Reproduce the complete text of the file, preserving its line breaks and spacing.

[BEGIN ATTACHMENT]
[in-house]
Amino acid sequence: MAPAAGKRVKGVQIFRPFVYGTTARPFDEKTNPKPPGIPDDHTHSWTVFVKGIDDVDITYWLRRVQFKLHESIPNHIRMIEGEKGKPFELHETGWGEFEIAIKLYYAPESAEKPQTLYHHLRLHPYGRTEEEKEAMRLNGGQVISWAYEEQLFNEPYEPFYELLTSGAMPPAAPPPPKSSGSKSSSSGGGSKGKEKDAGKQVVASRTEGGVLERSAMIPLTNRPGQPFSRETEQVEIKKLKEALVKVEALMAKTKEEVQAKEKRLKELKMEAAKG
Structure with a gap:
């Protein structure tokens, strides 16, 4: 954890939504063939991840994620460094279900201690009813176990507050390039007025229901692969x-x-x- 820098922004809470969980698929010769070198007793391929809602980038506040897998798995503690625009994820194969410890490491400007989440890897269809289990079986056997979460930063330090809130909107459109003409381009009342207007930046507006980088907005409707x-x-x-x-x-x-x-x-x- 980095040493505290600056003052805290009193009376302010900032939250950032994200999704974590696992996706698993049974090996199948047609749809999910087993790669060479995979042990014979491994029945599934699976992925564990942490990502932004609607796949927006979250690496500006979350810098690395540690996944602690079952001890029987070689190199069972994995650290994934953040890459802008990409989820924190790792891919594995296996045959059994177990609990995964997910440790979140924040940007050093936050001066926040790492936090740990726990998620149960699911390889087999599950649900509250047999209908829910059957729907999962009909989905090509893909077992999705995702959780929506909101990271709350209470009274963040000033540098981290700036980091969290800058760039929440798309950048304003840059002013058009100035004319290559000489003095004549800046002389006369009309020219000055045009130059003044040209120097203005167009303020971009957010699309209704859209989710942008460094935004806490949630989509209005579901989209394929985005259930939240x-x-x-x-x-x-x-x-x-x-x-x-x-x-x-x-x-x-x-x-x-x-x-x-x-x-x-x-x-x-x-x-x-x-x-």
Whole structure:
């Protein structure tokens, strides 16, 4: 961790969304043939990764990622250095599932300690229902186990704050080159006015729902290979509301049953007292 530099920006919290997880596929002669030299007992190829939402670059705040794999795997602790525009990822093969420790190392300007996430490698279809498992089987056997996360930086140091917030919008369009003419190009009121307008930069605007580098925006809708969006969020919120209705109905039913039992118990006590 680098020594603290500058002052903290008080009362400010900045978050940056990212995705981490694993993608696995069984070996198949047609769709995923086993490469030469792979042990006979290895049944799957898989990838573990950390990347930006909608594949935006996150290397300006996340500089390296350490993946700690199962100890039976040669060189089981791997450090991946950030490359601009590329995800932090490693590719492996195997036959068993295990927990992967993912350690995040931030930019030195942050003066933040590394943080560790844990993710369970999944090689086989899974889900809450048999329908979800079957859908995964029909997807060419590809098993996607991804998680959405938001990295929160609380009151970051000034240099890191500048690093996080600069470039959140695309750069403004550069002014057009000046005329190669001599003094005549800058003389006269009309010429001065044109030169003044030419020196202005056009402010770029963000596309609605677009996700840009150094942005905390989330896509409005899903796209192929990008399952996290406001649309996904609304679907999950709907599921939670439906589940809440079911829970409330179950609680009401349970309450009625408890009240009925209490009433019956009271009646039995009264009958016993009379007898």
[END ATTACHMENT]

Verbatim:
[in-house]
Amino acid sequence: MAPAAGKRVKGVQIFRPFVYGTTARPFDEKTNPKPPGIPDDHTHSWTVFVKGIDDVDITYWLRRVQFKLHESIPNHIRMIEGEKGKPFELHETGWGEFEIAIKLYYAPESAEKPQTLYHHLRLHPYGRTEEEKEAMRLNGGQVISWAYEEQLFNEPYEPFYELLTSGAMPPAAPPPPKSSGSKSSSSGGGSKGKEKDAGKQVVASRTEGGVLERSAMIPLTNRPGQPFSRETEQVEIKKLKEALVKVEALMAKTKEEVQAKEKRLKELKMEAAKG
Structure with a gap:
């Protein structure tokens, strides 16, 4: 954890939504063939991840994620460094279900201690009813176990507050390039007025229901692969x-x-x- 820098922004809470969980698929010769070198007793391929809602980038506040897998798995503690625009994820194969410890490491400007989440890897269809289990079986056997979460930063330090809130909107459109003409381009009342207007930046507006980088907005409707x-x-x-x-x-x-x-x-x- 980095040493505290600056003052805290009193009376302010900032939250950032994200999704974590696992996706698993049974090996199948047609749809999910087993790669060479995979042990014979491994029945599934699976992925564990942490990502932004609607796949927006979250690496500006979350810098690395540690996944602690079952001890029987070689190199069972994995650290994934953040890459802008990409989820924190790792891919594995296996045959059994177990609990995964997910440790979140924040940007050093936050001066926040790492936090740990726990998620149960699911390889087999599950649900509250047999209908829910059957729907999962009909989905090509893909077992999705995702959780929506909101990271709350209470009274963040000033540098981290700036980091969290800058760039929440798309950048304003840059002013058009100035004319290559000489003095004549800046002389006369009309020219000055045009130059003044040209120097203005167009303020971009957010699309209704859209989710942008460094935004806490949630989509209005579901989209394929985005259930939240x-x-x-x-x-x-x-x-x-x-x-x-x-x-x-x-x-x-x-x-x-x-x-x-x-x-x-x-x-x-x-x-x-x-x-």
Whole structure:
């Protein structure tokens, strides 16, 4: 961790969304043939990764990622250095599932300690229902186990704050080159006015729902290979509301049953007292 530099920006919290997880596929002669030299007992190829939402670059705040794999795997602790525009990822093969420790190392300007996430490698279809498992089987056997996360930086140091917030919008369009003419190009009121307008930069605007580098925006809708969006969020919120209705109905039913039992118990006590 680098020594603290500058002052903290008080009362400010900045978050940056990212995705981490694993993608696995069984070996198949047609769709995923086993490469030469792979042990006979290895049944799957898989990838573990950390990347930006909608594949935006996150290397300006996340500089390296350490993946700690199962100890039976040669060189089981791997450090991946950030490359601009590329995800932090490693590719492996195997036959068993295990927990992967993912350690995040931030930019030195942050003066933040590394943080560790844990993710369970999944090689086989899974889900809450048999329908979800079957859908995964029909997807060419590809098993996607991804998680959405938001990295929160609380009151970051000034240099890191500048690093996080600069470039959140695309750069403004550069002014057009000046005329190669001599003094005549800058003389006269009309010429001065044109030169003044030419020196202005056009402010770029963000596309609605677009996700840009150094942005905390989330896509409005899903796209192929990008399952996290406001649309996904609304679907999950709907599921939670439906589940809440079911829970409330179950609680009401349970309450009625408890009240009925209490009433019956009271009646039995009264009958016993009379007898």